• Asthma medication can be useful for people who wheeze during an allergic reaction. In rare instances, food allergies may bring on an asthma attack. These attacks may be very severe.
  • Epinephrine is used to treat anaphylaxis, a life-threatening complication of food allergy. Doctors advise people with severe food allergies always to carry a self-injecting device loaded with epinephrine or a kit containing a needle and syringe and to inject themselves at the first sign or symptoms.

How-To Information:

Epinephrine usually stops an anaphylactic attack. However, a person who is having an anaphylaxis reaction also needs to seek medical attention immediately, because the problem may suddenly worsen even after treatment with epinephrine.

  • Call 911 or your local emergency number.
  • Tell the dispatcher that you are having a severe allergic reaction and the emergency response team should bring more epinephrine.
  • You should travel by ambulance to the nearest hospital.


How To Cope With Food Allergy

Most people with food allergies will be put on an elimination diet (one from which foods suspected of causing an allergic reaction are removed). It may be difficult to stop eating some foods, such as those made with wheat or milk. Fortunately, there are many foods on the market that substitute for the more common allergy-provoking foods.

Creating a food plan

Avoiding accidental ingestion

Creating A Food Plan

For help in restricting your diet after a food allergy diagnosis, consult your doctor or a registered dietitian. Dietitians can help design a food plan, suggest alternative foods or ingredients to replace forbidden ones, and provide instruction on reading food labels.

You may find it helpful to use an allergy-free cookbook, which gives recipes that omit common food allergens. Prepared allergen-free items, such as rice bread and soy beverages, are available at health food stores and some grocery stores.

It is not always possible to avoid the offending food. Your physician may give you medication to treat symptoms resulting from food allergies.

Need To Know:

A special note: individuals with wheat allergy are being told that they may eat spelt grain products. However, if you have true wheat allergy, you will react to spelt as well, and this is an unsafe substitution.

Need To Know:

A word of warning about elimination diets

They should not be too restrictive and they must be nutritionally balanced. Sometimes people allow their food restrictions to reach such extremes that they develop food aversions verging on eating disorders. Proper diagnosis and counseling by an allergist and a dietitian are crucial in maintaining a nutritionally complete diet.

Avoiding Accidental Ingestion

Despite precautions, people with histories of food reactions sometimes unknowingly consume a food to which they are allergic. This can happen when the person is unaware of an ingredient in a dish someone else has prepared. Or perhaps the offending ingredient is not on the label or is expressed in a term that does not clearly describe the ingredient.

People with severe food allergies need to be aware that tiny amounts of allergens left on pots, pans, and cooking utensils can contaminate other foods (cross-contamination now also termed “cross-contact”). To avoid this kind of danger, people with severe food allergies are advised to make certain that pots, pans, and cooking utensils are carefully washed with soap and water after each use to remove any traces of forbidden foods.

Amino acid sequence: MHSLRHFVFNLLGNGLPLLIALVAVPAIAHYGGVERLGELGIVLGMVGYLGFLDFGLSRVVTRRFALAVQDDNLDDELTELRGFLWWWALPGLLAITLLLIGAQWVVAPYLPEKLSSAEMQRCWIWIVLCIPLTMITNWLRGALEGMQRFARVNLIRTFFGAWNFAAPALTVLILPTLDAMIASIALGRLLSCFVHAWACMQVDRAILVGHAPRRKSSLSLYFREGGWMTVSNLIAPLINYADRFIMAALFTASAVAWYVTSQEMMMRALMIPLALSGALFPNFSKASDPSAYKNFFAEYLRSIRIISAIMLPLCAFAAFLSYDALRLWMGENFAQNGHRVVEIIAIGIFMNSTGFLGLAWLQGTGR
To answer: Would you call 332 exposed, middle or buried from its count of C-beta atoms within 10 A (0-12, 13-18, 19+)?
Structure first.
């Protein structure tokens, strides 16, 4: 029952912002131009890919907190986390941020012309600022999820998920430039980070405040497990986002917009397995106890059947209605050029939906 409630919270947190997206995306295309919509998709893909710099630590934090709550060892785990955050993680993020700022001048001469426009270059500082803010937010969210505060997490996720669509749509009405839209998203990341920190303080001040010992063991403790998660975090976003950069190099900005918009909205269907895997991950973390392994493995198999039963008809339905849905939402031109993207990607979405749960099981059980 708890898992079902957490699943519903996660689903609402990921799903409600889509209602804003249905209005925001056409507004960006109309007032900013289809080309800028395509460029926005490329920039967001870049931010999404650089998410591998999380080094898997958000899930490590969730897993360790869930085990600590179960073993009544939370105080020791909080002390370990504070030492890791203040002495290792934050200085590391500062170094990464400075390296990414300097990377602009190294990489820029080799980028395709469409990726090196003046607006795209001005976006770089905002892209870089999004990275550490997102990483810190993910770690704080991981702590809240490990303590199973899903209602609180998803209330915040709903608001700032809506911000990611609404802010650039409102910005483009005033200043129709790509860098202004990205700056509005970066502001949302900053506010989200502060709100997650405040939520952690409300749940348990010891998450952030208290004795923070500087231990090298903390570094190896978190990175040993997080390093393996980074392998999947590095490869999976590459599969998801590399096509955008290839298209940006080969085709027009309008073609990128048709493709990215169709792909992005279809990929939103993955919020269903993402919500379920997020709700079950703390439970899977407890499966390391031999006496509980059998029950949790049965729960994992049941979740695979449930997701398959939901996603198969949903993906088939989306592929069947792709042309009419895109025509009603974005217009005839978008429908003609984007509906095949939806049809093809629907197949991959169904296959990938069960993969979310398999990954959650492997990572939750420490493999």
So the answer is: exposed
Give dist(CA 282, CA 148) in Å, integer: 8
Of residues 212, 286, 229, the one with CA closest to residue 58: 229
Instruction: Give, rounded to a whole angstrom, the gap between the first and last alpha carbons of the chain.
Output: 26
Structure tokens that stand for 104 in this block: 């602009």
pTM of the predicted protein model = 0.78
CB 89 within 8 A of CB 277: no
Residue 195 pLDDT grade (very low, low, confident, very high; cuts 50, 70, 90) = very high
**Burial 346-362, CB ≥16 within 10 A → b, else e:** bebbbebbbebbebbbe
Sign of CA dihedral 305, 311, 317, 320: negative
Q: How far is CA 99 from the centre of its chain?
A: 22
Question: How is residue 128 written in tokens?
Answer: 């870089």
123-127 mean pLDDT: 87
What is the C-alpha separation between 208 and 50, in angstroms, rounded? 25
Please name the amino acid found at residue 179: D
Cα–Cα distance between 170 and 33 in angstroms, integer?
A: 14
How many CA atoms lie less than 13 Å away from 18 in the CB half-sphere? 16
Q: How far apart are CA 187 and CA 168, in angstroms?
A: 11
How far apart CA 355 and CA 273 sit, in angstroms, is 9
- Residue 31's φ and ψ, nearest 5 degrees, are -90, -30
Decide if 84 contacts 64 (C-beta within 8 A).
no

How-To Information:

How to avoid allergy-provoking foods

Read all food product labels.

  • Read the ingredient list on food labels carefully to check for foods that are off-limits.
  • Be especially careful with foods that have hydrolyzed protein on the label. This is usually a vegetable protein, but sometimes tuna fish or hot dogs contain hydrolyzed milk protein. This milk protein is not safe for people who are very allergic to milk.
  • Since food manufacturers often change ingredients, you must always read labels, even ones on foods you are familiar with.

Ask about ingredients.

  • When you eat dishes served in restaurants or by friends, ask whether the meal contains the specific food or foods you are allergic to.
  • Be aware that common recipes sometimes contain unusual ingredients. One person who was very allergic to peanuts died after eating chili containing peanut butter.
  • If you are in a restaurant, be sure that the servers can communicate your questions and concerns to the kitchen staff.

Ask about preparation.

  • Ask the cook how the food was prepared.
  • Food sometimes is cooked in peanut oil, for instance. Peanut oil that is not highly purified (as in a cold-pressed or natural oil) will have enough peanut protein to create a reaction in someone allergic to peanuts.
  • Also, peanuts cooked in any oil (canola, olive) will make the oil peanut-protein (allergen) containing oil; using the oil may cause an allergy. If there is any uncertainty about the oil, do not eat it.

Don’t take a chance.

  • Question restaurant staff about ingredients.
  • If the server does not know what is in a dish, ask the chef.
  • Don’t eat the food-or leave the restaurant-if you are not certain about the ingredients.

Protect your child.

  • If you have a child with food allergies, tell your child’s caregivers what foods your child must avoid.
  • Make sure the adults know what to do in case of a severe food reaction.
  • Encourage your child to ask whether foods contain allergens.

Bring your own food to parties.

  • If you have many food allergies or intolerances, you may want to bring a dish that you know you can safely eat when you go to a party.